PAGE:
Thanks for your responses! Papabliss, I don't think I am projecting any bad vibes about dh to dd. I mean I get mad at him sometimes, but who doesn't? I certainly don't bring dd into it when I am mad. On the whole we have a really good relationship. He does participate in the cuddle/playtimes. Our nighttime routine is that we all pile on the bed and they play for 1/2 hour or so. Then she nurses and drifts off to sleep while dh and I talk. During the day I talk to her about daddy and sing songs about how much we both love her. So I believe I do what I can to support their relationship. Dh has never said that he thinks that I undermine their relationship in any way, just that he thinks the breastfeeding makes it an uneven playing field -- he can't compete with the breast.
As for being involved in her other care... well, sporadically. It's not the sort of thing he would naturally do by himself. He's the eldest son of an Asian family and has 5 younger sisters, so you can bet he never did any childcare/cooking/cleaning when he was a kid! His model was that it was all women's work. That said, he knows intellectually that he should be involved so if I suggest it (honey, why don't you take her up and get her ready for bed?) then he tries but recently she's been resisting it and he gets discouraged and gives up. Like what you said, Junestar!
Well, your stories are encouraging. I do tell him that it is just a phase but probably he won't believe it until she outgrows it herself. They are out at the park right now, so he's still hanging in there, working on bonding with her. Hopefully she'll accept him soon.
DH is the adult -- he shouldn't be concerned about this. It *is* a stage. In fact, now my son (2) is my shadow, and my daughter is 'daddy's little girl' through and through, she's out and out SAID he was her favorite!
But since I am an adult, I don't take it personally. She loves me too, and tells me and shows me. Just like my son loves him, even if he screams and wails when I go to the supermarket and he stays home with dad!
Sure, sometimes my children (at least my daughter) will accuse one of us of loving the other sibling more (usually when not getting their own way), but again, that is the behavior of a child. An adult SHOULD be able to stand back and understand that children are different.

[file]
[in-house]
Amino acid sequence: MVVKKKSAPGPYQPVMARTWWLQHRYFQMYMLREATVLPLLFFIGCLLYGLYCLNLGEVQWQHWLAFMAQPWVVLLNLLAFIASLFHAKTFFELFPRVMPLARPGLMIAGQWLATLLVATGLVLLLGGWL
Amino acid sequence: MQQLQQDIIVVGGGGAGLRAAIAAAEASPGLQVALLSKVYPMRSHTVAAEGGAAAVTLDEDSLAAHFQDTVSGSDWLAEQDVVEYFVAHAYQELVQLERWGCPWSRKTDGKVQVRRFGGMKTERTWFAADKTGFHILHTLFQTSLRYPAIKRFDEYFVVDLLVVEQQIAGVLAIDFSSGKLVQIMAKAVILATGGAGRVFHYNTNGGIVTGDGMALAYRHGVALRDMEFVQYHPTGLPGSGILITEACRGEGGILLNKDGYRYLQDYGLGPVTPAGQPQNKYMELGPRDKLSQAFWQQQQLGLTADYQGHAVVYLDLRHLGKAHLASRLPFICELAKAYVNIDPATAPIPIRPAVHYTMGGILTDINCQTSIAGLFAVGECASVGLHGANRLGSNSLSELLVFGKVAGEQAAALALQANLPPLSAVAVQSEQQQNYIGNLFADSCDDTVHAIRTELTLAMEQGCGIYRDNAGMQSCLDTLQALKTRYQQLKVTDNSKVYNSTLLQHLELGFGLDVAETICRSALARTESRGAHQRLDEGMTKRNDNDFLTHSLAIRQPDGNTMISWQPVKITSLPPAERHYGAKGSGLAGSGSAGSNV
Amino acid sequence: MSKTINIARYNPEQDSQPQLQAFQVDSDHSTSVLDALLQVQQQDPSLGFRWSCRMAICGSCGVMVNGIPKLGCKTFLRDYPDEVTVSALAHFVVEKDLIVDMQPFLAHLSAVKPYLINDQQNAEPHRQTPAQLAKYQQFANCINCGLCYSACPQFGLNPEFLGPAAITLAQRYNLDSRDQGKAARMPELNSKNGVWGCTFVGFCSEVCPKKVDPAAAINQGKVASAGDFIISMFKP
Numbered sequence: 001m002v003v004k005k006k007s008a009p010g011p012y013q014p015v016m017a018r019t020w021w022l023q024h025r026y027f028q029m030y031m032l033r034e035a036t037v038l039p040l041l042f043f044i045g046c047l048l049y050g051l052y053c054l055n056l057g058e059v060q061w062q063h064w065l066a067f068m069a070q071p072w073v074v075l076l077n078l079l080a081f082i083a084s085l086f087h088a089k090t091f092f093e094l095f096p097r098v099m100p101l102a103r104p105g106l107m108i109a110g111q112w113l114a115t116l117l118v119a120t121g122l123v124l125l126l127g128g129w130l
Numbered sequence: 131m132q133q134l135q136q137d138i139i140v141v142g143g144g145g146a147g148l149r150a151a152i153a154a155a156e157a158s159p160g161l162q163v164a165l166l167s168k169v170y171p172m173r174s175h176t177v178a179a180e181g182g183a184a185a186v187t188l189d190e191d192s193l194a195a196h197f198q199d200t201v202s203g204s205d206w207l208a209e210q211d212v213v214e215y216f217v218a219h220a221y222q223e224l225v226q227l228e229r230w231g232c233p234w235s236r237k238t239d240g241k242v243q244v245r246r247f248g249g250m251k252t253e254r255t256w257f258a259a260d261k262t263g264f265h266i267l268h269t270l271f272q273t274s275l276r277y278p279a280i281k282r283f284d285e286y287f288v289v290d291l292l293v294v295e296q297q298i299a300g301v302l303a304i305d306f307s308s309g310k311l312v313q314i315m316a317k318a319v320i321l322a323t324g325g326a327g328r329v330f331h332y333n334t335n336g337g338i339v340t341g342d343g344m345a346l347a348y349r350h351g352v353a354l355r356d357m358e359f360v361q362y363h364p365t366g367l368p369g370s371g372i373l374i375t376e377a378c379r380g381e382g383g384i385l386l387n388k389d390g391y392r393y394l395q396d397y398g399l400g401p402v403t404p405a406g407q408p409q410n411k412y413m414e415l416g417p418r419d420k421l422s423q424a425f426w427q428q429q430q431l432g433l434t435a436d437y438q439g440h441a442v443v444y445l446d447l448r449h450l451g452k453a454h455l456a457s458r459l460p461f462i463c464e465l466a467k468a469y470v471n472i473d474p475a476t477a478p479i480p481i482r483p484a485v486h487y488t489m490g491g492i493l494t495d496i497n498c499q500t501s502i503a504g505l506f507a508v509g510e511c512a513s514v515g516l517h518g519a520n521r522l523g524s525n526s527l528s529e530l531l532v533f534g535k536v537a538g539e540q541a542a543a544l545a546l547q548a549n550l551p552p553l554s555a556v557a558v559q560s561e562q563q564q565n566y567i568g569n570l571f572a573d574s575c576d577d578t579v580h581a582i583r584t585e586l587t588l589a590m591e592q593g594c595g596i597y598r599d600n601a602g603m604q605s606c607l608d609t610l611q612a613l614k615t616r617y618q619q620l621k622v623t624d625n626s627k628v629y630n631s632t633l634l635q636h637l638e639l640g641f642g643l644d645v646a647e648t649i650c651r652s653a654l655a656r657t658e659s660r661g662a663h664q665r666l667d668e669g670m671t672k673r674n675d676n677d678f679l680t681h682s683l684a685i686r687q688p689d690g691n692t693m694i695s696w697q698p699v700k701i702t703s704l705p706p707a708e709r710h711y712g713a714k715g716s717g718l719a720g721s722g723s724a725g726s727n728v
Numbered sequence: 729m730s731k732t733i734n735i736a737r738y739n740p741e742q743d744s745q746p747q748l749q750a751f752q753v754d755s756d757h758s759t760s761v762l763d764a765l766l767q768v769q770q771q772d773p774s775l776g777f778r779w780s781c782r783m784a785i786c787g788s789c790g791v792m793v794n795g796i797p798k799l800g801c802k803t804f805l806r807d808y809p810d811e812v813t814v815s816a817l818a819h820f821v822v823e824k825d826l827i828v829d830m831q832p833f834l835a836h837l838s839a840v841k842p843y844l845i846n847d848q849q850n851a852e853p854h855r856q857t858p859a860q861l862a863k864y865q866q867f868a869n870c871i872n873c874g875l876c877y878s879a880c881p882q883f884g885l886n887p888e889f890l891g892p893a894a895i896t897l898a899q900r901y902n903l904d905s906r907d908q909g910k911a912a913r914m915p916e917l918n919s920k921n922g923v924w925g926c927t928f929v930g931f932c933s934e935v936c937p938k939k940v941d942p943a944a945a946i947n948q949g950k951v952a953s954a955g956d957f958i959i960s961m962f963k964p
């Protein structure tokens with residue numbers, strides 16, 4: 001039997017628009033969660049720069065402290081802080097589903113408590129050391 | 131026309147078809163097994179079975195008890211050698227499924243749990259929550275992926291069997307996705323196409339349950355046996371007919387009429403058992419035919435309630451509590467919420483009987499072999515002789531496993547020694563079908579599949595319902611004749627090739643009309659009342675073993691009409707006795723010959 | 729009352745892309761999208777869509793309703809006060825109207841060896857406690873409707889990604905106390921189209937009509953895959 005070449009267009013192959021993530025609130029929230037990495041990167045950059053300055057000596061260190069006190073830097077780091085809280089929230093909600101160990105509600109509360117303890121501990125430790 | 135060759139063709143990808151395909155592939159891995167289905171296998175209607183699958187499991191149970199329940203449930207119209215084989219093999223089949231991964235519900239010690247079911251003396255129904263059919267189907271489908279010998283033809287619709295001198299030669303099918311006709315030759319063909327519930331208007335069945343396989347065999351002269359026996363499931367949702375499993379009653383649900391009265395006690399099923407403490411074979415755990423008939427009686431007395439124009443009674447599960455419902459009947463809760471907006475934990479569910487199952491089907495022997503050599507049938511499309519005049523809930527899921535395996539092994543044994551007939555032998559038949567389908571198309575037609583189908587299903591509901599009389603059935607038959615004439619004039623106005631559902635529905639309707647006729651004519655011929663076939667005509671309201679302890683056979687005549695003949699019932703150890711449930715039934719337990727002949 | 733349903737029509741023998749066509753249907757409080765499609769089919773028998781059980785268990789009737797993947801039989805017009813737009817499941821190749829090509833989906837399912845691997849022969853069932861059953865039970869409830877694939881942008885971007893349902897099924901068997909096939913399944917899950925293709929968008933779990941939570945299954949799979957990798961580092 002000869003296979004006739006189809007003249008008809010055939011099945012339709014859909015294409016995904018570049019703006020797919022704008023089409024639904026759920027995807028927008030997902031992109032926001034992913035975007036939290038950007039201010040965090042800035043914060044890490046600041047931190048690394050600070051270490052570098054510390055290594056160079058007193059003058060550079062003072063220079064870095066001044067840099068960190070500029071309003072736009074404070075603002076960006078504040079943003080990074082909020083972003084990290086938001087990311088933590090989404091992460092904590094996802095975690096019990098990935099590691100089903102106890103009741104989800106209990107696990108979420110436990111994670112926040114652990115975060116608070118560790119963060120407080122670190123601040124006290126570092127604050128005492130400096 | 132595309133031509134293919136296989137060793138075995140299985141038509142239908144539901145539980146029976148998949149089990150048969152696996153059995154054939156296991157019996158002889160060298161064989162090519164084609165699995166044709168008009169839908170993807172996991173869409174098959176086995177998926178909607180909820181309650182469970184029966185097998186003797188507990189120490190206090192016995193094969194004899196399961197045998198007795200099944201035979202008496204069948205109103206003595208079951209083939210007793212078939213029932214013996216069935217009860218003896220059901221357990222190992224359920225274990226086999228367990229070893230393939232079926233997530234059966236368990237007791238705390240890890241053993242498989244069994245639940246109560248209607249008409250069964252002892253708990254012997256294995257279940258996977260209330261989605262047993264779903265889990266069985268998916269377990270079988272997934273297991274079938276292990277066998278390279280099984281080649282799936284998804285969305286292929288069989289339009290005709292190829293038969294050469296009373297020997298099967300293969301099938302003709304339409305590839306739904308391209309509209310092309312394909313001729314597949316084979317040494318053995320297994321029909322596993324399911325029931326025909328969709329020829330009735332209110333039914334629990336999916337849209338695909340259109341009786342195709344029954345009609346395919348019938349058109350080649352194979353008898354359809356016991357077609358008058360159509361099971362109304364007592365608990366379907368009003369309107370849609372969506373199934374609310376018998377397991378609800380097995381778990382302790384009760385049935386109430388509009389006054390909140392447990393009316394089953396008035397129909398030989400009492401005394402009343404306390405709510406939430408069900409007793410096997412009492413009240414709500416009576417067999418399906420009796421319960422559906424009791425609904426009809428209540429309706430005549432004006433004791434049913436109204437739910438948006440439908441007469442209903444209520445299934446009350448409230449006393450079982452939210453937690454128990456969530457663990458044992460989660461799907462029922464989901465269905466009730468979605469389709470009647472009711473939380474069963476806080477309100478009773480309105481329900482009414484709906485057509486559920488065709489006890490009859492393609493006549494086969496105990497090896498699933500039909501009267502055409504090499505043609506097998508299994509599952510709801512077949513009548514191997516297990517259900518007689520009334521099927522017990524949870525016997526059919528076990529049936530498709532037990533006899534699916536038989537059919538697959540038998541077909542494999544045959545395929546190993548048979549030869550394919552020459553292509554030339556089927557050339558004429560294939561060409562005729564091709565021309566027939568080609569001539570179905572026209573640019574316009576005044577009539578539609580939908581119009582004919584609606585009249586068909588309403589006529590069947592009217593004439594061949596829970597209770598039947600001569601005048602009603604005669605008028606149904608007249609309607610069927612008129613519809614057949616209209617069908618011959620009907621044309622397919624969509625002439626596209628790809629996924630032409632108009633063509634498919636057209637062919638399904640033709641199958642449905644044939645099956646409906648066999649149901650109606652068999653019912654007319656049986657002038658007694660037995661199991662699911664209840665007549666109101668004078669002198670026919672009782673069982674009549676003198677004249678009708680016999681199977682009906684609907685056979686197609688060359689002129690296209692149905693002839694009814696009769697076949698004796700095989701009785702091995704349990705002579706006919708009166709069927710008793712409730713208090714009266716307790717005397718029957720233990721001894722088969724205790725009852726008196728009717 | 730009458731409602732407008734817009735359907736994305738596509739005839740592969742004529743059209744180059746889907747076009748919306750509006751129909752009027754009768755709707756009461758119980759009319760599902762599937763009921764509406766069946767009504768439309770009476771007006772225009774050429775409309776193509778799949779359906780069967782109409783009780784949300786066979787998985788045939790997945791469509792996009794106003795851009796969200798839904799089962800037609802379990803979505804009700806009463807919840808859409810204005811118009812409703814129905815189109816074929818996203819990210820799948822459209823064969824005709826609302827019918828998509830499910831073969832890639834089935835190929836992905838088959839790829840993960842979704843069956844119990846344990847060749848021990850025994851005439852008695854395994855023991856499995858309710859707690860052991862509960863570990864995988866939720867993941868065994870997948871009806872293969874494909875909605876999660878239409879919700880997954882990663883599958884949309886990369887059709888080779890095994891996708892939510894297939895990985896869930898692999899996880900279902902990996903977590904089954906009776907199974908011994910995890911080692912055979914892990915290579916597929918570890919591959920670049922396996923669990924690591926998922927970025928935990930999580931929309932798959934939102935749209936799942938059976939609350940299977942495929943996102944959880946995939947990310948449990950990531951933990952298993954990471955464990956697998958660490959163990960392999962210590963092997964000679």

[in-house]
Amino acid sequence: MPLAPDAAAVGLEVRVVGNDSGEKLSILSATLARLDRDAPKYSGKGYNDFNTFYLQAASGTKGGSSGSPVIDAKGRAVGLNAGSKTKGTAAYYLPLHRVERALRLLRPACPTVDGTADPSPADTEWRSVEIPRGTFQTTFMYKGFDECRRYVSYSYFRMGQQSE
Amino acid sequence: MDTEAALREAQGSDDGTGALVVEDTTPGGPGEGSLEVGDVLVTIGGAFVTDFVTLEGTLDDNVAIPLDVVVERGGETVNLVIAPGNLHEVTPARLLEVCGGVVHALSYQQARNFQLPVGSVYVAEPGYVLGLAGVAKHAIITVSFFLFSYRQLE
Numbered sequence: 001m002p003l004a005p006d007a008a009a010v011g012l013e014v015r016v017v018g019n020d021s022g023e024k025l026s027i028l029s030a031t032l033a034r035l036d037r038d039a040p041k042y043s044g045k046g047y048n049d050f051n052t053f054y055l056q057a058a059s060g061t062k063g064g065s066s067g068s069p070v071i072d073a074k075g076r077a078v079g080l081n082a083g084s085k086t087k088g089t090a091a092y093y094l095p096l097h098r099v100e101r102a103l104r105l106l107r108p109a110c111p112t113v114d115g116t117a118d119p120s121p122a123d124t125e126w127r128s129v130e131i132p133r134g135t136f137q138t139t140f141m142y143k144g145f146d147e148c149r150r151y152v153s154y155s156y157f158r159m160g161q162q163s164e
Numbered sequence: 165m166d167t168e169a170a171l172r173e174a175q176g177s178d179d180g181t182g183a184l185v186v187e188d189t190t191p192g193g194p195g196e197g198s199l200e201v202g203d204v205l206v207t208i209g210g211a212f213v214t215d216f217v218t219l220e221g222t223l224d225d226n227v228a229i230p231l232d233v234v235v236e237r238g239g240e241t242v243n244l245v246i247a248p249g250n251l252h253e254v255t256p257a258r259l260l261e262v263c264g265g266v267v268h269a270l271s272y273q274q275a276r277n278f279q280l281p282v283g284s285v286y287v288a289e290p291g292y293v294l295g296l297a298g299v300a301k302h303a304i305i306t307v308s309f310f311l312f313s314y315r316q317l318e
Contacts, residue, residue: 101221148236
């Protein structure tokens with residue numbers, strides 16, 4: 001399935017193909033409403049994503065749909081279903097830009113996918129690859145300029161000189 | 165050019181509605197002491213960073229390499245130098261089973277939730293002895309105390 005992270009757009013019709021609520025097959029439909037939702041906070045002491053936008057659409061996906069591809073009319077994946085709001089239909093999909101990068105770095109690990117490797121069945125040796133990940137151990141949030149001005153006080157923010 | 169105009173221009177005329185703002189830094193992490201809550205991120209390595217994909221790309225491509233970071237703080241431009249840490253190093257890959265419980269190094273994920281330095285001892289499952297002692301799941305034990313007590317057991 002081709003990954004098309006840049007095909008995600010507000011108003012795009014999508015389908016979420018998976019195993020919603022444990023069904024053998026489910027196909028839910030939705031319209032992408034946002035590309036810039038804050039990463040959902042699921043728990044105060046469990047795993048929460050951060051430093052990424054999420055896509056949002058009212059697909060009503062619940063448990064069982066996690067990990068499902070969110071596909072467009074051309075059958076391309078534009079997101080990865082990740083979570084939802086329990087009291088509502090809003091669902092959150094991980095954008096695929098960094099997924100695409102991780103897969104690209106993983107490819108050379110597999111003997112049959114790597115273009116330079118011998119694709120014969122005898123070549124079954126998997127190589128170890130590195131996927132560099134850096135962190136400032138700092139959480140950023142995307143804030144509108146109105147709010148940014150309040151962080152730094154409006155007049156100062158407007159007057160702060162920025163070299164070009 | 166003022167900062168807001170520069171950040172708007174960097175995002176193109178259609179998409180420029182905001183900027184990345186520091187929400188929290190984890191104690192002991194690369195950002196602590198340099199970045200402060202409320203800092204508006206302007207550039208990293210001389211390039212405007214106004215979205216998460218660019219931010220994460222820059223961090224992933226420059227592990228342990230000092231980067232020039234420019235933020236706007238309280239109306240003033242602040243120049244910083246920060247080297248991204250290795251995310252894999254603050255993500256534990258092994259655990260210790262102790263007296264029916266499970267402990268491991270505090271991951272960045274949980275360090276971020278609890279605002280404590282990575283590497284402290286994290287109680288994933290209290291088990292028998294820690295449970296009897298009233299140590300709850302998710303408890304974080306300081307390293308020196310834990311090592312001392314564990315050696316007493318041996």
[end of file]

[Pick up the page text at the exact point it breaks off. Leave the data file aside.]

I know that sounds like a harsh criticism, but I think its true. I've honestly never heard of a parent complaining when they weren't the favorite. I've heard jokes about it, but never anyone actually CONCERNED about normal childhood behavior.
This is so timely for me. My La Leche league group is holding a couples meeting (for valentine's day) and THIS is exactly the topic we'll be discussing.
My point of view, as the mother of a girl who vacillates rapidly between the 2 of us, is that this too will pass... but that's hard to hear when you're in the middle of such a conflict. Thanks for all the wisdom. Guess I'll see what's going on over the toddler forum too.
(Printing out replies...)
My dd is 26 mos. and does this type of thing too. She pushes dh away when he is giving her a "good night" hug and kiss, and tells him to "go away and let me nurse mommy." Sometimes she hurts him, hitting or pinching. He's been dealing with it by making their own special bed time games- they have a "good night, I love you" song, and she chooses what kind of hug or kiss she gets ( loud, quiet, kitty, lion, silly, wiggly, "sweet dreams" et c.)
I think that as the little ones start to feel more independent, and find themselves coming out of situations where they were engrossed without mommy's direct participation, they get a little more insecure when they stop and think about it. Probably, expecting them to go play with daddy right away is not quite fair, but they will definately choose daddy when they realize that he is ready to give them lots of attention, especially if mommy is needing "mommy time" (a concept that we have introduced at our house. It can also be daddy or Ana time)
Ds is almost 26 months now and he's the same way. Some days it's worse than others, while some days he will even forget all about mommy for a while. I think I could be putting out subconcsious messages that Daddy's not a part of "us" because I sometimes feel that way, even though I always promote him to ds. I've observed that he's lovable toward dh at times when all three of us are playing together, but other times he's more lovable when I'm out of the picture. He's usually screaming jealous of dh showing me affection. I think it's just the age.